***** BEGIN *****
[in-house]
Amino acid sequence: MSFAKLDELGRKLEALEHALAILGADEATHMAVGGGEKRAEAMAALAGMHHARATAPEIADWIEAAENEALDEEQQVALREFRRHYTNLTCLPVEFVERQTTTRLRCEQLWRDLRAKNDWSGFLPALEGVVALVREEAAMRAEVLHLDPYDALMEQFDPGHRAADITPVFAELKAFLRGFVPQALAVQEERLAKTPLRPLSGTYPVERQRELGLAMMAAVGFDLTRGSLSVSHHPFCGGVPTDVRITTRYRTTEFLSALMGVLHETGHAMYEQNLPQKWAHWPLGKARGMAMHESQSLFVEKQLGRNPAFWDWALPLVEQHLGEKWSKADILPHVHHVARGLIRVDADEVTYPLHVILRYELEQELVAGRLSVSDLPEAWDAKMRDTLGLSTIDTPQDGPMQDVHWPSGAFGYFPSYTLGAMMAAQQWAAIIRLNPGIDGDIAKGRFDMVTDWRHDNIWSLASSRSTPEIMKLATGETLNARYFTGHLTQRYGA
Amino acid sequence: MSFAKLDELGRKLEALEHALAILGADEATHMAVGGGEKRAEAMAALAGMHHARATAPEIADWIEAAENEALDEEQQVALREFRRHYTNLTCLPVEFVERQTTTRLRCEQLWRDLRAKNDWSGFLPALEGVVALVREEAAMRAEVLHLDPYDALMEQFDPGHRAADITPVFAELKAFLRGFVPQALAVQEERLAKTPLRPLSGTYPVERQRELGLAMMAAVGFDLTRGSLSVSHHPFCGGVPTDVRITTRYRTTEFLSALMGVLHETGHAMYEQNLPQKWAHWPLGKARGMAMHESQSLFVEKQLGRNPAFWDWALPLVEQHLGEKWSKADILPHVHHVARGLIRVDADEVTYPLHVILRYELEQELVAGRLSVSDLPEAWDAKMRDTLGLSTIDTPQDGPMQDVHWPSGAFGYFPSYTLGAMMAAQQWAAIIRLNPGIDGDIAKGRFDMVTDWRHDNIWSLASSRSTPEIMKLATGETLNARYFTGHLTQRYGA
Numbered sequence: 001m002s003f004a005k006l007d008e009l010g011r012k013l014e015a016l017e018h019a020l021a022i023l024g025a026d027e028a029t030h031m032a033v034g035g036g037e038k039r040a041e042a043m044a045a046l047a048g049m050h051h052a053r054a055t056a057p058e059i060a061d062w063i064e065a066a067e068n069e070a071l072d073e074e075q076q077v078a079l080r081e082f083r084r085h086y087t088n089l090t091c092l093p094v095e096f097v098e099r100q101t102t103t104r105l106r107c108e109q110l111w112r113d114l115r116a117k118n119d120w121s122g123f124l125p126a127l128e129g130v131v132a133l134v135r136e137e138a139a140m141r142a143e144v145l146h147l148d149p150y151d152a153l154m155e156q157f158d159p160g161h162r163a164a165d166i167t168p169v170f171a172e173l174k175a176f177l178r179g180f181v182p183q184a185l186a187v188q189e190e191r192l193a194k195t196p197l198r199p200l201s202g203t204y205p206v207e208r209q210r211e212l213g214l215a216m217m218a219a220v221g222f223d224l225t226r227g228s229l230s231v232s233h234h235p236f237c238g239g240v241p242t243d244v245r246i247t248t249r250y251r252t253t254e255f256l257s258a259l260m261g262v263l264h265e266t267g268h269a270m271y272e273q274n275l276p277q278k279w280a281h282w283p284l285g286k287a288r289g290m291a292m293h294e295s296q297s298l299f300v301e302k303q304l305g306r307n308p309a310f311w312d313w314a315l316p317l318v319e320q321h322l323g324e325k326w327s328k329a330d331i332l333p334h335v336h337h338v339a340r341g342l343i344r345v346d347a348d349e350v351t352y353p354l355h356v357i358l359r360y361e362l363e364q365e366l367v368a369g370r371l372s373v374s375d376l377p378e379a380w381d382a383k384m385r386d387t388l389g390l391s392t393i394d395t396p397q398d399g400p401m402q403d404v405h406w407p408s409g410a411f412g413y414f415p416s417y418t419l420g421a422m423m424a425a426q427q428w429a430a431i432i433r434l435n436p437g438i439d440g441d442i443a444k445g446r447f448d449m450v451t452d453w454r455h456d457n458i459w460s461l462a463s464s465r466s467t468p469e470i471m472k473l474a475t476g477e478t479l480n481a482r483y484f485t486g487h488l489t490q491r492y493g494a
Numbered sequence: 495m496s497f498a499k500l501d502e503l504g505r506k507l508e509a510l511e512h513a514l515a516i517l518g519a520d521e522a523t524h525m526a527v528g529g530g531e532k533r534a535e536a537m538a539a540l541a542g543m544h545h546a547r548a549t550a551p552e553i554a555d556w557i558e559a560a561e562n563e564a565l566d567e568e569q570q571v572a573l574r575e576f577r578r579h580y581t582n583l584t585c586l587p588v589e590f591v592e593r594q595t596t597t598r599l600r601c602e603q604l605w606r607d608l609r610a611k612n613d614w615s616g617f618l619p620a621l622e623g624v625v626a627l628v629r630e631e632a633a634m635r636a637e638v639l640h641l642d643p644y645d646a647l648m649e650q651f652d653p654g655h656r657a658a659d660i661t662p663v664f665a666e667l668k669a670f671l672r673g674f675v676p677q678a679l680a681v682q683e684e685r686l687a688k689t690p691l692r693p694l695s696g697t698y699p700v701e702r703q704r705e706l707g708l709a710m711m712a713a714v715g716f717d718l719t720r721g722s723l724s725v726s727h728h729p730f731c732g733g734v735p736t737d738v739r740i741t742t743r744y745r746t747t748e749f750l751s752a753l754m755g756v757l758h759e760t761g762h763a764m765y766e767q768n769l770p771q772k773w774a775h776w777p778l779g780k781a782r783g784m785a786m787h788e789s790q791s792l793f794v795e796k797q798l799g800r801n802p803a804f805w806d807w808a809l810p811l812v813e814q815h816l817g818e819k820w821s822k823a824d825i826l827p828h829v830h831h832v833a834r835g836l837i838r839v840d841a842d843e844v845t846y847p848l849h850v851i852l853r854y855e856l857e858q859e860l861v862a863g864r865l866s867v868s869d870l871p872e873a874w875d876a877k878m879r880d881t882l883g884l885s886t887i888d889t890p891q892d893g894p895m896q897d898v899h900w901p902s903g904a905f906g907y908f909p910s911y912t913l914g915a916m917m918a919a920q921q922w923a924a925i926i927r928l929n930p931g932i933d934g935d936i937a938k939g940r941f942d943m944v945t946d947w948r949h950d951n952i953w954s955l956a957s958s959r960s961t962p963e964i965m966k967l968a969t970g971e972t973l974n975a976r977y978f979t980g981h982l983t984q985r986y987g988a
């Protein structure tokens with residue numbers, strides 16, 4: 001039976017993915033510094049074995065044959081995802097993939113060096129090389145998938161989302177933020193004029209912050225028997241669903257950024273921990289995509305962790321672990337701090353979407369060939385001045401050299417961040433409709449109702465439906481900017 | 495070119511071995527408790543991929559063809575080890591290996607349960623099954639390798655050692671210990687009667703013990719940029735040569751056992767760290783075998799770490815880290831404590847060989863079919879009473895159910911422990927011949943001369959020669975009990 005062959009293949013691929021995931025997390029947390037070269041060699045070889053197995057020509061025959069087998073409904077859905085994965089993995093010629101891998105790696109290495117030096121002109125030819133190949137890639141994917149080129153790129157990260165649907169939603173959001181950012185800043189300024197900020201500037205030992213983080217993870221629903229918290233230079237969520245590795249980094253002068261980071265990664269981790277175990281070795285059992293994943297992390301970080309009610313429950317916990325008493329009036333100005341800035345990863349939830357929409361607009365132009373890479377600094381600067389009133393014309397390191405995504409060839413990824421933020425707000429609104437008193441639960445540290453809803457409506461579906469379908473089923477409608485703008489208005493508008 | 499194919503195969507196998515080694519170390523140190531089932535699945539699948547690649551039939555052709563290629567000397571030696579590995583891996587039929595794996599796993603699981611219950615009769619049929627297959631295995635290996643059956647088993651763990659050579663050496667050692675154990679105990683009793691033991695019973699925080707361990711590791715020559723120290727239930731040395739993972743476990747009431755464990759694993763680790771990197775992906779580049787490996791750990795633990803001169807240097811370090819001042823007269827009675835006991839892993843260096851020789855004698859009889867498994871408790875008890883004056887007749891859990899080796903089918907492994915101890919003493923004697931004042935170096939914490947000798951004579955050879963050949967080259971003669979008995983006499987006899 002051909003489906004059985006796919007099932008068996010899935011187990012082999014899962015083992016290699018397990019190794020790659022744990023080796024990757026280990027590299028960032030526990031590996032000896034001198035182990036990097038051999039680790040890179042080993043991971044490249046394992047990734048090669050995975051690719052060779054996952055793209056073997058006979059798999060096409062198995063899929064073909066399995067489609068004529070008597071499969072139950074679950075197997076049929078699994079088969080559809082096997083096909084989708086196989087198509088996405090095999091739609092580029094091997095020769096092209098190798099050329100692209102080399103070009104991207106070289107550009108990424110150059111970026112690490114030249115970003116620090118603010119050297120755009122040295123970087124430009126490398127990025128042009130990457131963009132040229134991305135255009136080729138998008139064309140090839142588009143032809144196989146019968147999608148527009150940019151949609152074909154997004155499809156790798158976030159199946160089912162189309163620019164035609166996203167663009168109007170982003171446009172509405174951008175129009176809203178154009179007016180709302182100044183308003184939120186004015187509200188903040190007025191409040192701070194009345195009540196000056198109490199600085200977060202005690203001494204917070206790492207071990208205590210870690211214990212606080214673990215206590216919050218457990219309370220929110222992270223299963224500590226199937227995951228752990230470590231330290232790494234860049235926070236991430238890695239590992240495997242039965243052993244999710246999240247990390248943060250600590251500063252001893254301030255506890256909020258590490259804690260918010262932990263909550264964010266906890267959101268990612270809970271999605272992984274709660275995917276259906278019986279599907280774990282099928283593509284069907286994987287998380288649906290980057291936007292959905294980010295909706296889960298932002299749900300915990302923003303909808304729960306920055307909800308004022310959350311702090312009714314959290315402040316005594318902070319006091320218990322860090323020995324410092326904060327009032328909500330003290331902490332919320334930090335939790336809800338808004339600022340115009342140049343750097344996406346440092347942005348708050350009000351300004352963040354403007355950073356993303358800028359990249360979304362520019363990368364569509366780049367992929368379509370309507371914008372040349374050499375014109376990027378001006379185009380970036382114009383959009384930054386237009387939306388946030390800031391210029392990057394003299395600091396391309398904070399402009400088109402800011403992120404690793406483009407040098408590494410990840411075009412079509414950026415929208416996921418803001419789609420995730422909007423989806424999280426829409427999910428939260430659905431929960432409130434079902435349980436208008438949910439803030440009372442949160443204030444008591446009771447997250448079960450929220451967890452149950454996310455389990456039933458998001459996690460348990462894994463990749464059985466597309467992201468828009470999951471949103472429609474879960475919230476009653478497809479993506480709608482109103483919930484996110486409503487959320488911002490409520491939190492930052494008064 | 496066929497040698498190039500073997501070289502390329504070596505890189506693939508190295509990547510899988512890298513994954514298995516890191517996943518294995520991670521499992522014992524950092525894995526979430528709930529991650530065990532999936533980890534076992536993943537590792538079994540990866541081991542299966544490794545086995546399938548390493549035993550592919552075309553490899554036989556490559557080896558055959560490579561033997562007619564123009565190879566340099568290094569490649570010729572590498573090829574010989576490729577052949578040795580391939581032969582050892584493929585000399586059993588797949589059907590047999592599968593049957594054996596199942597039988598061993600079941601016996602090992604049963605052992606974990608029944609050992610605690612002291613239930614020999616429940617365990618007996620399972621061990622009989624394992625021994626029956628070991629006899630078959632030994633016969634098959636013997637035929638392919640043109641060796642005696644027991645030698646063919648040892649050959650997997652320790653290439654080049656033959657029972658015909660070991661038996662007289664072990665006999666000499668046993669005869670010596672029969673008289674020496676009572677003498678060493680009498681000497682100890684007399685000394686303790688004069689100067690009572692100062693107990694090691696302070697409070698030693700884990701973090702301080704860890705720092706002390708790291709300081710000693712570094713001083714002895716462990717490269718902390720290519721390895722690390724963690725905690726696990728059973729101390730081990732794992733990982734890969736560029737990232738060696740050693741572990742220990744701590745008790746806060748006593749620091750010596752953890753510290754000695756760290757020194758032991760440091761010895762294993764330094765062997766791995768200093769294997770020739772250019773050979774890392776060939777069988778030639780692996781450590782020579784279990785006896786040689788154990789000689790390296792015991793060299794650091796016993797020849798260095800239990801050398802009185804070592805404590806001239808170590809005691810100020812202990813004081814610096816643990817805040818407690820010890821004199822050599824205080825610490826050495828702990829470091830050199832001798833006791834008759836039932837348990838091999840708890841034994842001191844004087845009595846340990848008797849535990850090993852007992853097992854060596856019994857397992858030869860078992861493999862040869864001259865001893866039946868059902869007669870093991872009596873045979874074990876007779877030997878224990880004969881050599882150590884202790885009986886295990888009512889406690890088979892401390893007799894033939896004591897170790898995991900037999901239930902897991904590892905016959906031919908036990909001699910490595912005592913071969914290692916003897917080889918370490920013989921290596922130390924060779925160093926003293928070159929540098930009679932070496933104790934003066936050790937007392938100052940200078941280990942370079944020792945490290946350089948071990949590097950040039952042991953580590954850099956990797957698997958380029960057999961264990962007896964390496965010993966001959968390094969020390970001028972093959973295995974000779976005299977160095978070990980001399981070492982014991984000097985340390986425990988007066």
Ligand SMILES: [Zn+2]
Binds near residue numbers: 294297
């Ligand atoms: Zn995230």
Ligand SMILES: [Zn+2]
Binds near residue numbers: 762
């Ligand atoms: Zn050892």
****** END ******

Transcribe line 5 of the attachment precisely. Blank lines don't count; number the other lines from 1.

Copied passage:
Numbered sequence: 495m496s497f498a499k500l501d502e503l504g505r506k507l508e509a510l511e512h513a514l515a516i517l518g519a520d521e522a523t524h525m526a527v528g529g530g531e532k533r534a535e536a537m538a539a540l541a542g543m544h545h546a547r548a549t550a551p552e553i554a555d556w557i558e559a560a561e562n563e564a565l566d567e568e569q570q571v572a573l574r575e576f577r578r579h580y581t582n583l584t585c586l587p588v589e590f591v592e593r594q595t596t597t598r599l600r601c602e603q604l605w606r607d608l609r610a611k612n613d614w615s616g617f618l619p620a621l622e623g624v625v626a627l628v629r630e631e632a633a634m635r636a637e638v639l640h641l642d643p644y645d646a647l648m649e650q651f652d653p654g655h656r657a658a659d660i661t662p663v664f665a666e667l668k669a670f671l672r673g674f675v676p677q678a679l680a681v682q683e684e685r686l687a688k689t690p691l692r693p694l695s696g697t698y699p700v701e702r703q704r705e706l707g708l709a710m711m712a713a714v715g716f717d718l719t720r721g722s723l724s725v726s727h728h729p730f731c732g733g734v735p736t737d738v739r740i741t742t743r744y745r746t747t748e749f750l751s752a753l754m755g756v757l758h759e760t761g762h763a764m765y766e767q768n769l770p771q772k773w774a775h776w777p778l779g780k781a782r783g784m785a786m787h788e789s790q791s792l793f794v795e796k797q798l799g800r801n802p803a804f805w806d807w808a809l810p811l812v813e814q815h816l817g818e819k820w821s822k823a824d825i826l827p828h829v830h831h832v833a834r835g836l837i838r839v840d841a842d843e844v845t846y847p848l849h850v851i852l853r854y855e856l857e858q859e860l861v862a863g864r865l866s867v868s869d870l871p872e873a874w875d876a877k878m879r880d881t882l883g884l885s886t887i888d889t890p891q892d893g894p895m896q897d898v899h900w901p902s903g904a905f906g907y908f909p910s911y912t913l914g915a916m917m918a919a920q921q922w923a924a925i926i927r928l929n930p931g932i933d934g935d936i937a938k939g940r941f942d943m944v945t946d947w948r949h950d951n952i953w954s955l956a957s958s959r960s961t962p963e964i965m966k967l968a969t970g971e972t973l974n975a976r977y978f979t980g981h982l983t984q985r986y987g988a